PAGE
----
Lisa White
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THIS GUEST PIECE BY: Lisa White lives in New Bedford with her husband and daughter. Originally from the west coast, and brought east by her husband's military career, Lisa knew she'd found where she was meant to be when she first saw New Bedford.

 

Ringing the bell, after his last chemotherapy treatment, Vince Peters must have been filled with emotion. He must have been filled with relief that the most recent cancer treatment was complete, grateful to have survived longer than expected, and concerned for his and his wife’s future.

To say that Peters has an inner strength far greater than most would be an understatement. Not because he has overcome a childhood filled with adversity, not because he underwent brain surgery just 16 months ago, not even because he endured the nauseating and draining chemotherapy sessions that followed.

His inner strength became most apparent when after ringing the bell, he put on his uniform, and went from being Patient Peters to Officer Peters, a proud member of the New Bedford Police Department and truly one of New Bedford’s absolute finest.

Beating the odds is something Peters is no stranger to; he’s been doing it his whole life. Born the middle child of five kids, young Vince endured poverty, abuse and even homelessness with his family before celebrating his 10th birthday.

Witnessing his father’s death from prolonged alcohol abuse likely forced him to accept the tragic side of life much sooner than most. While most kids of that age have primary concerns like fixing the chain on their bicycle, being home before the street lights come on or mastering long division, Vince was saddled with adult situations, complex emotional trauma, and very little support to deal with all of it.

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Even with the challenges at home, Peters recalls a happy childhood. He speaks about the adventures he and his friends found in the city of New Bedford. Whether it was exploring the mysteries that Fort Taber had to offer, or curiously discovering vacant historic buildings, his time was never idle.

As he recounts the most exciting tales of boyhood adventure, he conveys a true love for his city. He doesn’t bother to mention that the family had no stable home. He doesn’t want to burden the listener with the fact that, at 10 years old, he had to worry about how to go from being immersed in real-world stress, hardship and situations back to being a kid in grade school again on Monday morning.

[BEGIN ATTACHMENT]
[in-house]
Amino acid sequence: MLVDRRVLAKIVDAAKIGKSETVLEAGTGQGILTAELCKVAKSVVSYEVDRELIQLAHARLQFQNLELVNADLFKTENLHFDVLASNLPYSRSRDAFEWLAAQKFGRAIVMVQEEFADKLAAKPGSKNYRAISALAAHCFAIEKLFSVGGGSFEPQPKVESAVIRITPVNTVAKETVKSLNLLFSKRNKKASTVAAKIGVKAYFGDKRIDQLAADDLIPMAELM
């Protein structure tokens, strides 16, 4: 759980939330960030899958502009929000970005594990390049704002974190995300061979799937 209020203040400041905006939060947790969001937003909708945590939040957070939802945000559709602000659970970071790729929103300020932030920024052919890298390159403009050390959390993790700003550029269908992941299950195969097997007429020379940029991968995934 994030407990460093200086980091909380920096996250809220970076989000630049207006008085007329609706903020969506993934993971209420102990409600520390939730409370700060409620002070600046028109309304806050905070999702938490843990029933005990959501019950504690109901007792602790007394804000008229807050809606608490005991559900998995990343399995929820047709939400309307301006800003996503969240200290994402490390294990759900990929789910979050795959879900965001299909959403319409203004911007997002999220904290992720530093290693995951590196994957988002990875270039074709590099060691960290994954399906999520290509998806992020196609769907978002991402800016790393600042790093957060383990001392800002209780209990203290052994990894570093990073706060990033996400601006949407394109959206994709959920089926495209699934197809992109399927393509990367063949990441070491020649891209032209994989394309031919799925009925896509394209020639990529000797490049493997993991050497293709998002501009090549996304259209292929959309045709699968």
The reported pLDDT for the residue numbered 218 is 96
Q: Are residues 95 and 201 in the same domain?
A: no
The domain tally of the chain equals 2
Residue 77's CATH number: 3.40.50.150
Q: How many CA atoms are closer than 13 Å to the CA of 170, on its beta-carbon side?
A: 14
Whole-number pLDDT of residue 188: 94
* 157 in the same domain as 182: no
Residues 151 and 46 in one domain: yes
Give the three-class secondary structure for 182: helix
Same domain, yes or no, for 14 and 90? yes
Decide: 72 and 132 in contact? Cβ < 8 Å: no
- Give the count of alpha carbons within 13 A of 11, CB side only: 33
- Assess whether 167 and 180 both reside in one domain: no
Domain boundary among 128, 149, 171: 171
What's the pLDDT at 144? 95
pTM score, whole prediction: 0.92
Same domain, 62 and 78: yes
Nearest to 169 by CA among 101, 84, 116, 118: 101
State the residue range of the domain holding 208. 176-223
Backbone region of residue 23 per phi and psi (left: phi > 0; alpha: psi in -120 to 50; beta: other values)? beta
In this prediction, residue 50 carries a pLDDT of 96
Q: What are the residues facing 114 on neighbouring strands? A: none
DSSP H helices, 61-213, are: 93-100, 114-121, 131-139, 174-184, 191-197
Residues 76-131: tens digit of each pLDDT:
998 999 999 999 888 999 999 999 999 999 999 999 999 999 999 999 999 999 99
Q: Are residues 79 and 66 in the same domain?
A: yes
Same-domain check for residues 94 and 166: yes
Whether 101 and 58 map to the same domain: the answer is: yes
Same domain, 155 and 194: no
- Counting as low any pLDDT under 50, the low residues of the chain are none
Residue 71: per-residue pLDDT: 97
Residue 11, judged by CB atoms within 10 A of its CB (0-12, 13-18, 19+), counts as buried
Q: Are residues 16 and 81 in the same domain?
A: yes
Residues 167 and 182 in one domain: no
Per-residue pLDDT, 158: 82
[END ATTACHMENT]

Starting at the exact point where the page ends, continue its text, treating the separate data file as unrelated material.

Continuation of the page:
He’ll share the information, when asked, but otherwise he keeps it to himself. He does this because Peters has a characteristic that is so rare, it’s almost extinct within our communities these days: he thinks of others.

Undoubtedly Vince’s thoughtfulness and desire to help others lead him to the paths he chose following high school. While his cohorts were out making poor choices and memories they would one day reminisce about, Peters was laying the foundation for a life of civil service. He may not have had anything handed to him growing up, but he still felt the need to give back. First serving his country in the National Guard, and later serving his community as an officer with the New Bedford Police Department, Peters found a true calling in being a real-life hero to all.

Maybe that’s why it came as such a shock to hear the news of his diagnosis. Superheroes don’t get cancer, they can’t. Everyone knows that the good guys always prevail and evil has to be stopped, but what happens when one of the good guys is found to have a life-threatening brain tumor? Who, exactly, saves a hero when the time comes?

One could speculate that the difficulties in his past have given him the strength to push through the pain. The homeless nights of his youth gave him the confidence to see beyond the unknown.

The numerous times he had found joy, when others would have found anger, have given him the optimism to do it all without losing his compassion, his sense of humor, or his desire to help others. It could have been the obstacles he overcame in his younger years that gave him these strengths, but if you ask him, he’ll tell you without skipping a beat, his strength comes from his wife, Kathy.

For Peters, ringing the bell didn’t mean that he was cured. It didn’t mean he beat the disease or that he and his wife have the comfort of knowing what lay ahead for them. For Officer Peters, ringing the bell simply signified the final treatment in the most recent round of chemotherapy.

Sometimes we have the opportunity to have a window into the lives of others. It’s these opportunities that allow us to build awareness and empathy for what others struggle with. Surely if this man can endure so much and still manage to put others before himself, we all could be doing a better job in our own lives.

“Regardless of how you feel about me because of the uniform I proudly wear, my commitment and my promise to be the best that I can be, to help those in need for my city and my community regardless of who you are will never change.” — New Bedford Police Department Officer Vincent Peters, May 31, 2020

Editor's Note: 'SouthCoast Voices' is a series of guest opinions from newsmakers and other people across the region, on relevant issues that directly impact the people of Greater New Bedford and the surrounding communities. The opinions are solely those of the author. If you are interested in contributing, please contact tim@wbsm.com for more information.

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